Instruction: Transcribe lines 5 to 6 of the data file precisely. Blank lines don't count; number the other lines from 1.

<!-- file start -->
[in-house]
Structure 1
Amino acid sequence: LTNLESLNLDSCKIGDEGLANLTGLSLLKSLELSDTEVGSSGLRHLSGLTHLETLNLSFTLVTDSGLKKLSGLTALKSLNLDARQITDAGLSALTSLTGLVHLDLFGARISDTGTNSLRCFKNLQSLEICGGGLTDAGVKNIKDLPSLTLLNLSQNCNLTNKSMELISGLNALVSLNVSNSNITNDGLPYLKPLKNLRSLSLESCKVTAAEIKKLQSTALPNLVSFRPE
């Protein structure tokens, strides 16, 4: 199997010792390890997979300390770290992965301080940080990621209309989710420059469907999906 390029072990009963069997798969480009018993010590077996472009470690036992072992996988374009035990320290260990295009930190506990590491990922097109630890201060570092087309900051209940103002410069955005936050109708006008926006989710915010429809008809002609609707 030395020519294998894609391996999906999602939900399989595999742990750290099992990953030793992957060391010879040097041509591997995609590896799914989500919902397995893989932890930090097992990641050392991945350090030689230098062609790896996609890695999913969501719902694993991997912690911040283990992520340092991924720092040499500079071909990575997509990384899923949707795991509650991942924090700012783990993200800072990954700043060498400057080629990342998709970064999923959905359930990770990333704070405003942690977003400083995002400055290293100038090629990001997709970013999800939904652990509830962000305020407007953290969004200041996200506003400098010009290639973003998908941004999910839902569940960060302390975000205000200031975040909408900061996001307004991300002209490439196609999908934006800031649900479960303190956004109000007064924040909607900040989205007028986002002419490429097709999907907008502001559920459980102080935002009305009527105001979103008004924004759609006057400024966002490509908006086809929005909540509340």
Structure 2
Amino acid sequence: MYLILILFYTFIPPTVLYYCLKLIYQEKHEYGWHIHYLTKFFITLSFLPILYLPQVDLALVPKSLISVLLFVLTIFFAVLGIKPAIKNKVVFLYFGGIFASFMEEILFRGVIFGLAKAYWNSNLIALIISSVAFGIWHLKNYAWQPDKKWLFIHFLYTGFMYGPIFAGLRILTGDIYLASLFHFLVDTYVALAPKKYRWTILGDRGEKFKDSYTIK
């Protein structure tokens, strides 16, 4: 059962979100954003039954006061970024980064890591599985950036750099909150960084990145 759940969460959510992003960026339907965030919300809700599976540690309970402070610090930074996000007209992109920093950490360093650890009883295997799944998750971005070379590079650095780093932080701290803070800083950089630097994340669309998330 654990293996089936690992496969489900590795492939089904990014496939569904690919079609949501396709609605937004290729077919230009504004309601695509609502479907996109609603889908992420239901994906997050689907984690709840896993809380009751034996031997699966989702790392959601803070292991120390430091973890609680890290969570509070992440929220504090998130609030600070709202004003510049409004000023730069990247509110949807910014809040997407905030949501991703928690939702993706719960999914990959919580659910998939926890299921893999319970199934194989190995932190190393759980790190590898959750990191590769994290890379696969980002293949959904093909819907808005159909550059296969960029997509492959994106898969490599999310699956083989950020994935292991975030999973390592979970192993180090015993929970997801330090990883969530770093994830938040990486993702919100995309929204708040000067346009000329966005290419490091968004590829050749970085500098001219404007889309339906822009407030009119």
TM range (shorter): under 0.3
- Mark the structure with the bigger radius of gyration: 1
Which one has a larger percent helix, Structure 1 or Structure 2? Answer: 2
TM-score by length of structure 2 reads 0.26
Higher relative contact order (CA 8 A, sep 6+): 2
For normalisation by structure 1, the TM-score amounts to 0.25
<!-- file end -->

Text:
Structure 2
Amino acid sequence: MYLILILFYTFIPPTVLYYCLKLIYQEKHEYGWHIHYLTKFFITLSFLPILYLPQVDLALVPKSLISVLLFVLTIFFAVLGIKPAIKNKVVFLYFGGIFASFMEEILFRGVIFGLAKAYWNSNLIALIISSVAFGIWHLKNYAWQPDKKWLFIHFLYTGFMYGPIFAGLRILTGDIYLASLFHFLVDTYVALAPKKYRWTILGDRGEKFKDSYTIK